Two of the world’s leading architects, Mark Foster Gage and Patrik Schumacher, discussed their sharply divergent views about built environment public policy April 21 at Rudder Theatre on the Texas A&M campus.
Their public appearance was the culmination of Interface, a daylong series of Department of Architecture events, that included an exhibit of studio work and an architectural review led by Gage and Schumacher. Interface was supported by the department’s Thomas A. Bullock Endowed Chair in Leadership and Innovation.
At Rudder Theatre, the dueling architects championed opposite sides of a spirited public land use discussion sparked by controversial notions Schumacher introduced in his keynote address at the 2016 World Architecture Festival in Berlin. A proponent of market-based urban policies and the sole partner at Zaha Hadid Architects, one of the world’s most acclaimed firms, Schumacher called for the elimination of government-issued land use policies, public and affordable housing programs and he favored the privatization of public spaces such as parks and streets.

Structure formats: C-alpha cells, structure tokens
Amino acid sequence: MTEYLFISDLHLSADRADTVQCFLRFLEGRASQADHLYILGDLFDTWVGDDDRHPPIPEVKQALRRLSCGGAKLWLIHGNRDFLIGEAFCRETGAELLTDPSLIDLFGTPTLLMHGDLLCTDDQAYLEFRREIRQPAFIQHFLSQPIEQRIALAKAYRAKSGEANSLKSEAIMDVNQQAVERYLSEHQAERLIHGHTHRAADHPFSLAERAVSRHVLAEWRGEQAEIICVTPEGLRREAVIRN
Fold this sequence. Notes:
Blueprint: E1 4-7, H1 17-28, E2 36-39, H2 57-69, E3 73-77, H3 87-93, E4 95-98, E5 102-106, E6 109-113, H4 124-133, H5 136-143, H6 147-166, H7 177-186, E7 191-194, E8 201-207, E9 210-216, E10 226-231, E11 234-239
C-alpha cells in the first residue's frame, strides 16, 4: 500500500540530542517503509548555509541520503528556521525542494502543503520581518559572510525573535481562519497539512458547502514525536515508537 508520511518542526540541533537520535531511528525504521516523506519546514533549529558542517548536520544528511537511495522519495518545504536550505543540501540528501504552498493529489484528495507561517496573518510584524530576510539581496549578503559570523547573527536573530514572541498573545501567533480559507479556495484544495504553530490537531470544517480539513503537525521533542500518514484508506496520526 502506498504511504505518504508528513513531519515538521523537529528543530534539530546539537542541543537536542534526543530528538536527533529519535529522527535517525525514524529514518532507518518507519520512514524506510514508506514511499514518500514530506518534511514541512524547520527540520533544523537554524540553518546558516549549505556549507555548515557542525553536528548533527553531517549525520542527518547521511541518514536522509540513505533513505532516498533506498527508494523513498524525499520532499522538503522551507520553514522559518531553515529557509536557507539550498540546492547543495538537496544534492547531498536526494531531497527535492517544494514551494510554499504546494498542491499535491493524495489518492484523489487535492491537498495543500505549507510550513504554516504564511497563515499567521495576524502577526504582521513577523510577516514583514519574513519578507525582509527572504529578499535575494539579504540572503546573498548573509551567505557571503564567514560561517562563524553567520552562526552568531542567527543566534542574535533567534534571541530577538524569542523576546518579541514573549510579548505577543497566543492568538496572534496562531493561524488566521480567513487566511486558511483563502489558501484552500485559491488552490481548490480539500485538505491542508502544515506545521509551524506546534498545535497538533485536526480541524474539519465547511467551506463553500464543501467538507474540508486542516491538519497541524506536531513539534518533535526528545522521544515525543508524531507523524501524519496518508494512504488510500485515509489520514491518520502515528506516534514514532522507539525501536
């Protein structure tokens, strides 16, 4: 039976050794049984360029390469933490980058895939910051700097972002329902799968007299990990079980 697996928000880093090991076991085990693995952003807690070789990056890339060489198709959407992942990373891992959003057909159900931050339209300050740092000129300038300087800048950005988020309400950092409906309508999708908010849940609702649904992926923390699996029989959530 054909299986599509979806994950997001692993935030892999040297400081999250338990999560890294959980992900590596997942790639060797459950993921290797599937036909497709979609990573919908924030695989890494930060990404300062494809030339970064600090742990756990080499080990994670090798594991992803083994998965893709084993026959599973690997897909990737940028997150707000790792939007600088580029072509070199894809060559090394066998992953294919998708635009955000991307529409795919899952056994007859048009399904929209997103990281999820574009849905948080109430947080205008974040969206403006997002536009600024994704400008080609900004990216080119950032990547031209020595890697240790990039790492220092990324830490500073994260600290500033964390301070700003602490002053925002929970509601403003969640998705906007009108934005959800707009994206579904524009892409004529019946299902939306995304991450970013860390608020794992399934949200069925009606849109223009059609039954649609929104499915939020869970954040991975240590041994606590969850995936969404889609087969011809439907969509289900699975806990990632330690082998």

“All top-down, bureaucratic attempts to order the built environment via land use plans are pragmatically and intellectually bankrupt,” he said, adding that laws, practices, and regulations associated with land use plans stifle development and architectural creativity.
In reply, Gage, a pioneer in technology-based design who heads a New York-based firm and serves as assistant dean and associate professor at the Yale School of Architecture, said “I disagree with almost everything [Schumacher] says, but discussions should ensue and he shouldn’t be so quickly personally villianized.”
Gage was also referring to salvos from a chorus of critics including Phineas Harper, deputy director of the Architecture Foundation and former deputy director of the Architectural Review.
“Schumacher is not a valuable provocateur,” said Harper. “He is not a refreshing new voice. His proposals lack anything approaching a thoughtful interrogation of the real world. They are like the views of an extremist blinded by ideology but given credence by a fawning architectural press.”
Gage and Schumacher’s discussion, moderated by Gabriel Esquivel, associate professor of architecture, allowed the audience to see the power of rational, reasoned arguments and compelling evidence, said Robert Warden, interim head of the Department of Architecture. “Their dialogue has been incredibly provocative, and we extended and promoted that exciting discussion,” he said.